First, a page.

This work focused on the potential use of PET for measuring the in vivo-induced tissue activity due to radiation treatment with high-energy photons, which is 50 MV in this case. Since 1972, attempts were already made at our institution using a gamma camera to depict the distribution of the positron-emitting radionuclides produced in patients being irradiated with 42-MV photons from a betatron. The acquired images could clearly verify that the radionuclide distribution coincided with the irradiated regions. However, as the sensitivity of the camera was very low and the output only analogous, no further such attempts were made (L Johansson, personal communication). Other early studies have shown the potential use of tissue activation for the analysis of tumor blood flow in animal studies [14–16]. More recently, by the study of biological washout processes of ion-beam-induced positron emitters, half-lives of various washout components could be measured in animals [10, 11] and in patients [12, 17]. Furthermore, dose and treatment beam verification during as well as immediately after treatment with ion-beams [18, 19] and protons [17, 20, 21] in patients and for high-energy photons in the animal tissue  have been reported.
In this study, measurements of biological washout processes in the patient were not relevant due to the fact that the therapy machine and the PET/CT were not co-located, and most of the radioactivity had been eliminated before the PET examination. Studying half-lives of various washout components, particularly in blood-rich organs such as the lungs and the liver, generally needs activity measurements to be performed during or at least in direct connection to the irradiation . The urine of the bladder, on the other hand, represents an enclosed compartment with a negligible exchange with other tissues. From the CT scan, it was estimated that the urine volume of the bladder at the beginning of PET acquisition was approximately 200 cm3. Assuming a urine excretion of about 0.5 ml/min, the dilution of activity in this case is almost negligible. Also in fat, the dynamic portion constitutes only of a very small fraction, and most of the induced PET activity originates from radionuclides that are stationary within the tissue.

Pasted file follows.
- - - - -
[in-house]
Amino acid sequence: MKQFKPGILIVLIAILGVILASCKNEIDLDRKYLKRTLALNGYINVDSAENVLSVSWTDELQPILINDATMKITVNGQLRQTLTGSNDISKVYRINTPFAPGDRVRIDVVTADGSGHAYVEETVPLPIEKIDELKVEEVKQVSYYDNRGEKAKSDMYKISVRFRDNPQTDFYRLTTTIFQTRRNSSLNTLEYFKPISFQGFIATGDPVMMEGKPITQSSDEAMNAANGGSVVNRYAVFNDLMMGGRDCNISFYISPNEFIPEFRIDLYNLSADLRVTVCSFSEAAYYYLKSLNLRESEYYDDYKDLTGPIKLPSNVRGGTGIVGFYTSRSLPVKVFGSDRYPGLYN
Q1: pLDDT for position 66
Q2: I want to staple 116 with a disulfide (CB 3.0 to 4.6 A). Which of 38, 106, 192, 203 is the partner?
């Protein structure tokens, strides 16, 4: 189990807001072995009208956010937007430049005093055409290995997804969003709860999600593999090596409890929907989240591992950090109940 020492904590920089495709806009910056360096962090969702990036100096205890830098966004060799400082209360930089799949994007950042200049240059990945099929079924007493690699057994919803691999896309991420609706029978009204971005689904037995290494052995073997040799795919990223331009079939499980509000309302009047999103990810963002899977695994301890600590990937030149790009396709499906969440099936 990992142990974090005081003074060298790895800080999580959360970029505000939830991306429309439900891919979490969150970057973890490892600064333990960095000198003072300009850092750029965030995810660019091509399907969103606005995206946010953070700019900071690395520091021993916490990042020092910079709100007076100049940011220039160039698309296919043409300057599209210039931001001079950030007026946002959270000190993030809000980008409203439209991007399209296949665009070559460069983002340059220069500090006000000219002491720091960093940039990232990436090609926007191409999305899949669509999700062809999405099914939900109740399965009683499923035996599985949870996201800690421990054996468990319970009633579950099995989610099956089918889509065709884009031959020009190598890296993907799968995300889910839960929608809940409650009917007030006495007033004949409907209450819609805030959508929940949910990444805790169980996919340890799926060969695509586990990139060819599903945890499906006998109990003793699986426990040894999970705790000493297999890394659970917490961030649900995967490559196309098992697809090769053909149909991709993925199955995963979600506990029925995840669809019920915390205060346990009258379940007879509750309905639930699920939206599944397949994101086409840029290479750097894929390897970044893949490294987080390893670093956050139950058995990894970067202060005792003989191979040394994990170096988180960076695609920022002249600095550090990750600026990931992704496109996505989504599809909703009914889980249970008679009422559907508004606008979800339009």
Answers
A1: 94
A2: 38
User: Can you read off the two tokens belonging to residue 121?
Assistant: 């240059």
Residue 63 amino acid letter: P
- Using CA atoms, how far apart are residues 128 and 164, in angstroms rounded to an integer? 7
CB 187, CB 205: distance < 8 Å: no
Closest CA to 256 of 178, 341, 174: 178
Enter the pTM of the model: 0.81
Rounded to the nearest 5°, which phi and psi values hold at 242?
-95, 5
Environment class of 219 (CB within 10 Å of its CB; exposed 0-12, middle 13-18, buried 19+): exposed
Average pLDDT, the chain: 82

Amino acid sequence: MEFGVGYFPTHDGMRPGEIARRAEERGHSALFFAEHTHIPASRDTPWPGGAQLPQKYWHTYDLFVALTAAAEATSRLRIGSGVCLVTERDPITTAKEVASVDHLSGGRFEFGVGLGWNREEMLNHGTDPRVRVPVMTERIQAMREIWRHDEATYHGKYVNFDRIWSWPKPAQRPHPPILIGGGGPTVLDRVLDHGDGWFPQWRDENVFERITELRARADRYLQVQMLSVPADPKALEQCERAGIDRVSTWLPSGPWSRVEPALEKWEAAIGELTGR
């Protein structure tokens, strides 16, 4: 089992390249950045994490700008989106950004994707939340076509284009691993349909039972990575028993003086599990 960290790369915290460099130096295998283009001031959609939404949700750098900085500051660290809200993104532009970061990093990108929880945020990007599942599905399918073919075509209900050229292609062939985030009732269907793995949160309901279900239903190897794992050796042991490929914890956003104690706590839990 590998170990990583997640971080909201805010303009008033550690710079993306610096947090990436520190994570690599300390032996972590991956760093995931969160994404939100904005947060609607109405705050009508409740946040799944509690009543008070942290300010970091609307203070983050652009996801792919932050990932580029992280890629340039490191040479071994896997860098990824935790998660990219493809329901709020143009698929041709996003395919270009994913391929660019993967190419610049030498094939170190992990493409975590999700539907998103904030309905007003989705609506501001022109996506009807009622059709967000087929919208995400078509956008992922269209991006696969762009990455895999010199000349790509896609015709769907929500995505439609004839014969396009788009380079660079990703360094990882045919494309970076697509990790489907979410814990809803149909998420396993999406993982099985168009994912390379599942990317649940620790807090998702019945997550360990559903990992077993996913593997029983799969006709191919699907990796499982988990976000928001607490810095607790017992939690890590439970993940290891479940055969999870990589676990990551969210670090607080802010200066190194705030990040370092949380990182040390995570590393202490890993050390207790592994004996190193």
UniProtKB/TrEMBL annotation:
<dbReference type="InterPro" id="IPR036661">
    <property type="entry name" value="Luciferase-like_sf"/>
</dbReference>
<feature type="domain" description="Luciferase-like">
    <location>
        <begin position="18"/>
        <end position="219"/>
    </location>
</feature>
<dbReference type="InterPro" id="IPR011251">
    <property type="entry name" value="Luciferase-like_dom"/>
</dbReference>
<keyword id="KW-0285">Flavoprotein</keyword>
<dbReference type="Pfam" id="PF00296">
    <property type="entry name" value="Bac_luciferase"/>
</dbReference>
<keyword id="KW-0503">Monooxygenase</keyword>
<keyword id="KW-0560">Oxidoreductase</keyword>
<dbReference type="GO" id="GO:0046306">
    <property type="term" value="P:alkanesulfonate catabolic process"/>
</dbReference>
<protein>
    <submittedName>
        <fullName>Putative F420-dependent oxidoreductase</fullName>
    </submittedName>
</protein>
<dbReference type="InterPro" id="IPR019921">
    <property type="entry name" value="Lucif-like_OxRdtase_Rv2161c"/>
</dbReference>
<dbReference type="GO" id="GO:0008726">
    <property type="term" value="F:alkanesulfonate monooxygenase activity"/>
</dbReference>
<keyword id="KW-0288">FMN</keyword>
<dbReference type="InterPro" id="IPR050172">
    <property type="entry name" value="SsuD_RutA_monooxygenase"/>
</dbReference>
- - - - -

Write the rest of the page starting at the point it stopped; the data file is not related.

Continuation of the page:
VOI analysis of the subcutaneous fat gave a composition that did not completely agree with ICRU-tabulated values for the adipose tissue , although the fitted half-lives were found to agree well for both 11C and 15O. The reason for the restricted agreement in composition may be the variations in the actual composition of the subcutaneous fat of the current patient. According to , the adipose tissue is the most variable tissue in the body regarding elemental composition. Water content may vary from 10.9% to 21.0%, and lipid content can range from 62% to 91% . From the analysis of urinary bladder contents (i.e., urine), a high level of oxygen content was found, which is expected as it mainly is composed of water. The calculated half-lives and composition were found to correlate well with tabulated ICRU values . In bone tissues, a high content of 40Ca and 31P will produce positron-emitting radionuclides when they are irradiated with high-energy photons. However, as the half-life of 39Ca is only 0.86 s, this activity will probably never be measurable, and 30P that has a half-life of 2.5 min will most likely not be distinguishable from 15O.
Upon arrival at the Nuclear Medicine department, the setup and positioning of the patient on the PET/CT couch were done as fast as possible in order to avoid further loss of induced activity. The main focus was to ensure that the radiation treatment volume was covered by the axial field of view of the PET camera. Subsequent reconstructions showed that the patient had become slightly mis-positioned in all three planes. In addition, the regular curved PET/CT couch did not match the flat couch used during the radiation treatment and the CT planning, resulting in a deformed activity distribution toward the outer edges of the patient as seen on the treatment plan overlaid on the PET/CT image. However, the deformable registration compensated for the different couches in the main part of the abdomen where the beams intersect.
Reconstruction with FBP [24–26], which is based on the inverse of the radon transform , is fast, robust, linear, and known to yield quantitative results. However, in the low count data such as in this study, the results showed a poor visual image quality, disturbing streak artifacts, and high noise. In order to better visualize the activated tissue and, thereby, the positioning of the VOIs, the iterative reconstruction method, 3D-OSEM , was preferred. The images reconstructed by 3D-OSEM lack the streak artifacts and contain no data outside the object. However, further studies are required to assess the quantitative accuracy of the two methods. It might be that the VOIs preferably are outlined using the 3D-OSEM algorithm, while the data from the VOIs preferably should be extracted from the FBP reconstructed data.